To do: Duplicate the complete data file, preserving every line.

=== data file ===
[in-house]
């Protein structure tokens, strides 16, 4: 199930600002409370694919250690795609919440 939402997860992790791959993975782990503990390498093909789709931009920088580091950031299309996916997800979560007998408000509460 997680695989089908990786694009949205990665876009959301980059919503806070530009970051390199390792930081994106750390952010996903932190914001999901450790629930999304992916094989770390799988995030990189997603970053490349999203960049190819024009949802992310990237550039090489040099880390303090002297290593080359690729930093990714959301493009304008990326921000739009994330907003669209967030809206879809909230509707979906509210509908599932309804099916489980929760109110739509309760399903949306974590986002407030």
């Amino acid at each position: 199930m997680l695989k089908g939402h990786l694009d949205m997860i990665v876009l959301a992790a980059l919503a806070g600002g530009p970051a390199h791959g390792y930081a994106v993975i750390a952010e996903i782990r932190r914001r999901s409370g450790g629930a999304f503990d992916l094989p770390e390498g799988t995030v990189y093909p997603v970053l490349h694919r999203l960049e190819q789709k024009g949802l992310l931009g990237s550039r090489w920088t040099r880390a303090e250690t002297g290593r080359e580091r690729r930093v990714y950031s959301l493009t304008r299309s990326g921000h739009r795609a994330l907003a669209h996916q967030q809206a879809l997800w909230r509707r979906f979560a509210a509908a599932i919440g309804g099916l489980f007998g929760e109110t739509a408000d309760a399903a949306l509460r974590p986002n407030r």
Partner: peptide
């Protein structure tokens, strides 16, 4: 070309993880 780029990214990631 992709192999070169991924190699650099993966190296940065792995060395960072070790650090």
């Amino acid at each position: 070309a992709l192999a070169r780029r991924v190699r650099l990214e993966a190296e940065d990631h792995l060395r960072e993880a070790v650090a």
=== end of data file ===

[in-house]
């Protein structure tokens, strides 16, 4: 199930600002409370694919250690795609919440 939402997860992790791959993975782990503990390498093909789709931009920088580091950031299309996916997800979560007998408000509460 997680695989089908990786694009949205990665876009959301980059919503806070530009970051390199390792930081994106750390952010996903932190914001999901450790629930999304992916094989770390799988995030990189997603970053490349999203960049190819024009949802992310990237550039090489040099880390303090002297290593080359690729930093990714959301493009304008990326921000739009994330907003669209967030809206879809909230509707979906509210509908599932309804099916489980929760109110739509309760399903949306974590986002407030």
């Amino acid at each position: 199930m997680l695989k089908g939402h990786l694009d949205m997860i990665v876009l959301a992790a980059l919503a806070g600002g530009p970051a390199h791959g390792y930081a994106v993975i750390a952010e996903i782990r932190r914001r999901s409370g450790g629930a999304f503990d992916l094989p770390e390498g799988t995030v990189y093909p997603v970053l490349h694919r999203l960049e190819q789709k024009g949802l992310l931009g990237s550039r090489w920088t040099r880390a303090e250690t002297g290593r080359e580091r690729r930093v990714y950031s959301l493009t304008r299309s990326g921000h739009r795609a994330l907003a669209h996916q967030q809206a879809l997800w909230r509707r979906f979560a509210a509908a599932i919440g309804g099916l489980f007998g929760e109110t739509a408000d309760a399903a949306l509460r974590p986002n407030r």
Partner: peptide
């Protein structure tokens, strides 16, 4: 070309993880 780029990214990631 992709192999070169991924190699650099993966190296940065792995060395960072070790650090």
């Amino acid at each position: 070309a992709l192999a070169r780029r991924v190699r650099l990214e993966a190296e940065d990631h792995l060395r960072e993880a070790v650090a």